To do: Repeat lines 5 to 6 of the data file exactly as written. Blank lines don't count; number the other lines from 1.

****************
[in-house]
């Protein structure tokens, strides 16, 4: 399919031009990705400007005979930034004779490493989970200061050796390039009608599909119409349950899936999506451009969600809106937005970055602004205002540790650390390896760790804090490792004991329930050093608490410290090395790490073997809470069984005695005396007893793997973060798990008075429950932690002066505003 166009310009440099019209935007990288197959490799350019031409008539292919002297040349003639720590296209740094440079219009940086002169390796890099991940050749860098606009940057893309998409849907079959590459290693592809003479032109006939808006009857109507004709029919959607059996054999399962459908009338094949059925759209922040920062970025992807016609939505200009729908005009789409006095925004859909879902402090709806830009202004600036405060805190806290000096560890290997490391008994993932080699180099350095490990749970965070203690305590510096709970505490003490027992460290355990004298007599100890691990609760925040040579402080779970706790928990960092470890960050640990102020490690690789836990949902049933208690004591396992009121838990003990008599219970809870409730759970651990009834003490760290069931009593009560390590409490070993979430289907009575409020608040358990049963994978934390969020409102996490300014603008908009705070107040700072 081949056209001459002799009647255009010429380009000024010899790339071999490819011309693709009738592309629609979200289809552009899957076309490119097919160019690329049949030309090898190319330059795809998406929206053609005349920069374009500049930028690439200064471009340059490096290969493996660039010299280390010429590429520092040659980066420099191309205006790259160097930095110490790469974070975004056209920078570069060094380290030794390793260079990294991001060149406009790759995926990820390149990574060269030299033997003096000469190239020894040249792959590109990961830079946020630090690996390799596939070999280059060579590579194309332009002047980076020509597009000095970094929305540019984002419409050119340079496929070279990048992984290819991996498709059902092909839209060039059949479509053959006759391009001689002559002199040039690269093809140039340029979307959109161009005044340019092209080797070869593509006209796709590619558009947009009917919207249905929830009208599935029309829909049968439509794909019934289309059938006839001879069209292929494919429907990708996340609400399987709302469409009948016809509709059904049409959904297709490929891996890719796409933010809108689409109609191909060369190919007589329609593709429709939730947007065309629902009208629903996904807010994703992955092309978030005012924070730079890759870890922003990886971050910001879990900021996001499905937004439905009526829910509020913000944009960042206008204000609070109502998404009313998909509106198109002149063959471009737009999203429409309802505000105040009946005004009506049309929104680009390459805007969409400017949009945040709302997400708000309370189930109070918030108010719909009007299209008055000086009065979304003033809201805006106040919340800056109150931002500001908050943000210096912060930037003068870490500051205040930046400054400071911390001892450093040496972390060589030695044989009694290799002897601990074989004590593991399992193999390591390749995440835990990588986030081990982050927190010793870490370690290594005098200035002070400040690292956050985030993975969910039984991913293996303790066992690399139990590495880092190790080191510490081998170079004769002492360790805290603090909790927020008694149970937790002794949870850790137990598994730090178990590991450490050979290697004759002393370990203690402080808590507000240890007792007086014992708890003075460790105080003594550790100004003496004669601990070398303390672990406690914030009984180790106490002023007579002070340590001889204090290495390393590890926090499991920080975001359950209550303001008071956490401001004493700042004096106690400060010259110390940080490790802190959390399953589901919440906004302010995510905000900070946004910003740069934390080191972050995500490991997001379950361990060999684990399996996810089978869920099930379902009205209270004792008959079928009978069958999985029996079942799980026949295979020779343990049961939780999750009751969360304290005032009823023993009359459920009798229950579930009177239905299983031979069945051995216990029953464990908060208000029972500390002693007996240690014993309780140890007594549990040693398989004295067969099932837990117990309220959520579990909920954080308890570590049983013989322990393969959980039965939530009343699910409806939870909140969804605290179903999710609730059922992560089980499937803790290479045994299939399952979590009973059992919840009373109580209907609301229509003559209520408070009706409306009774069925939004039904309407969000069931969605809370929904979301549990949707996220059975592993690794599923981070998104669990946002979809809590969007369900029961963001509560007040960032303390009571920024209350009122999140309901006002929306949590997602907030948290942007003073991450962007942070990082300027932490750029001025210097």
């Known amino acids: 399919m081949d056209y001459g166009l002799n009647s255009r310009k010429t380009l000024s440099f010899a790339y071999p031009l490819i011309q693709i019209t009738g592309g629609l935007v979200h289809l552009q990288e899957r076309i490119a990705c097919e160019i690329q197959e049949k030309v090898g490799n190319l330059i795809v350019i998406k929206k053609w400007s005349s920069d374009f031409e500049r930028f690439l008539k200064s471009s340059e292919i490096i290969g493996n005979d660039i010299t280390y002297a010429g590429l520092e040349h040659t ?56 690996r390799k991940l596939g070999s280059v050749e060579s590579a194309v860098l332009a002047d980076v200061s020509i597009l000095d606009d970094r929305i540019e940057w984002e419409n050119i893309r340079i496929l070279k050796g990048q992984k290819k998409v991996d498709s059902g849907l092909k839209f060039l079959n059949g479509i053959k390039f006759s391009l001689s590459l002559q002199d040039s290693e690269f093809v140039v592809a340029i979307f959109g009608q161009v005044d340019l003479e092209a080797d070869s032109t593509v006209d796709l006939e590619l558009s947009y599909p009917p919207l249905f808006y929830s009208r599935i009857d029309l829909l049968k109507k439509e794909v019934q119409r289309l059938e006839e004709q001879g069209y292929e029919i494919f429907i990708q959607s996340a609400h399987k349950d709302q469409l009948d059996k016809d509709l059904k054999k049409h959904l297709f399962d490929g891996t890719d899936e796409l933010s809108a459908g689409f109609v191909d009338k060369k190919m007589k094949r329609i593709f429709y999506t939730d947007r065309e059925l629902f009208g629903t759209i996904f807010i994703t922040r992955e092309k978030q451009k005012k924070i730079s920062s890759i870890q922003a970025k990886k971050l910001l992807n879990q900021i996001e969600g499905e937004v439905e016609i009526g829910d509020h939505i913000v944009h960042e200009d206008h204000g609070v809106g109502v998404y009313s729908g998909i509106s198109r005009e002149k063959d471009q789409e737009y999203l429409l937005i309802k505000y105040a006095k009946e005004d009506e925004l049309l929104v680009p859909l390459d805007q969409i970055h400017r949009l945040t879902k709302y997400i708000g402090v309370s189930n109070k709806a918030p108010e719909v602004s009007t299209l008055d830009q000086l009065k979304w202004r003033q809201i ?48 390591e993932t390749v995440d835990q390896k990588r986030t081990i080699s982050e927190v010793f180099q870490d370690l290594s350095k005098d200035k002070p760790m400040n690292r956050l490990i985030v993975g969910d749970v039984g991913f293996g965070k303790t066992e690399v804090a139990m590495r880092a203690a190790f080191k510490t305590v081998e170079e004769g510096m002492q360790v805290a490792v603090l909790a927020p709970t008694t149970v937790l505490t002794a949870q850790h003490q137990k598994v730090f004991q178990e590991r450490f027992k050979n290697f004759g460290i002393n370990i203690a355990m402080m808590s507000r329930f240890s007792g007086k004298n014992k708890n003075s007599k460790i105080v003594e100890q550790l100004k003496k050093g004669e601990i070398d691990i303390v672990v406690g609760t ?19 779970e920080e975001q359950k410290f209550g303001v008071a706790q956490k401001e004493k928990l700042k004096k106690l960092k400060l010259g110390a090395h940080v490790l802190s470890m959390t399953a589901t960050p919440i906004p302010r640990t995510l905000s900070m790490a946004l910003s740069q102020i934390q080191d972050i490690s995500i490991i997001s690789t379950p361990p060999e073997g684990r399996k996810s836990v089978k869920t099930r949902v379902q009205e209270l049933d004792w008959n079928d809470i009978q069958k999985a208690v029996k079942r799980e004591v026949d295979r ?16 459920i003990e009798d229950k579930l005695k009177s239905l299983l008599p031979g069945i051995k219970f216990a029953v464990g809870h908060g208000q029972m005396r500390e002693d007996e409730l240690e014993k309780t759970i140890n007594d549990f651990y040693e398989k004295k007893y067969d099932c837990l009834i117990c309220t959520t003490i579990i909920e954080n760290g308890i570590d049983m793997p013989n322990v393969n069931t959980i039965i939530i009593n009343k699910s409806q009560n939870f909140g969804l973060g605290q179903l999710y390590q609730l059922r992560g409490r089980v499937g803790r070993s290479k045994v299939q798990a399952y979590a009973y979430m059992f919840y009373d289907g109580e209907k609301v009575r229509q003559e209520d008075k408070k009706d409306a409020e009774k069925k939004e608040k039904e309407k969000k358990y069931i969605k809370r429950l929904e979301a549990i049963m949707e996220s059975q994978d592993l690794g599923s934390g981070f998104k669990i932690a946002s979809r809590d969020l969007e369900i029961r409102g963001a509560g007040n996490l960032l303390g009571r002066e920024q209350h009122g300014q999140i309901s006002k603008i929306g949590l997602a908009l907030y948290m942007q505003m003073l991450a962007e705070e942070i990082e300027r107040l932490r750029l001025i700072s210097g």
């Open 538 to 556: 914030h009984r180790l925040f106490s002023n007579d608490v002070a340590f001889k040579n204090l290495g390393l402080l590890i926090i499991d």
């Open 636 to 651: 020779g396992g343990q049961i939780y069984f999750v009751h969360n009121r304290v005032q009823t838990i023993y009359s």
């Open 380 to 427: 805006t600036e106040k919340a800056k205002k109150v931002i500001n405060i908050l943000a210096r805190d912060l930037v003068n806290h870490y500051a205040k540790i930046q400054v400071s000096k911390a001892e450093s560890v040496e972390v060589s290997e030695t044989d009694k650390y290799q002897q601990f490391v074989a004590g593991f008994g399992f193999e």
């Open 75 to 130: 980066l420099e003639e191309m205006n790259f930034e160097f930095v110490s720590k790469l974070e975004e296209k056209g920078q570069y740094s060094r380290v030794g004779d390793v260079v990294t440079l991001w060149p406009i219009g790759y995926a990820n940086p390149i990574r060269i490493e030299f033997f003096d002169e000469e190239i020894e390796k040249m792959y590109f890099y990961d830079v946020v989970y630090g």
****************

């Open 636 to 651: 020779g396992g343990q049961i939780y069984f999750v009751h969360n009121r304290v005032q009823t838990i023993y009359s």
């Open 380 to 427: 805006t600036e106040k919340a800056k205002k109150v931002i500001n405060i908050l943000a210096r805190d912060l930037v003068n806290h870490y500051a205040k540790i930046q400054v400071s000096k911390a001892e450093s560890v040496e972390v060589s290997e030695t044989d009694k650390y290799q002897q601990f490391v074989a004590g593991f008994g399992f193999e």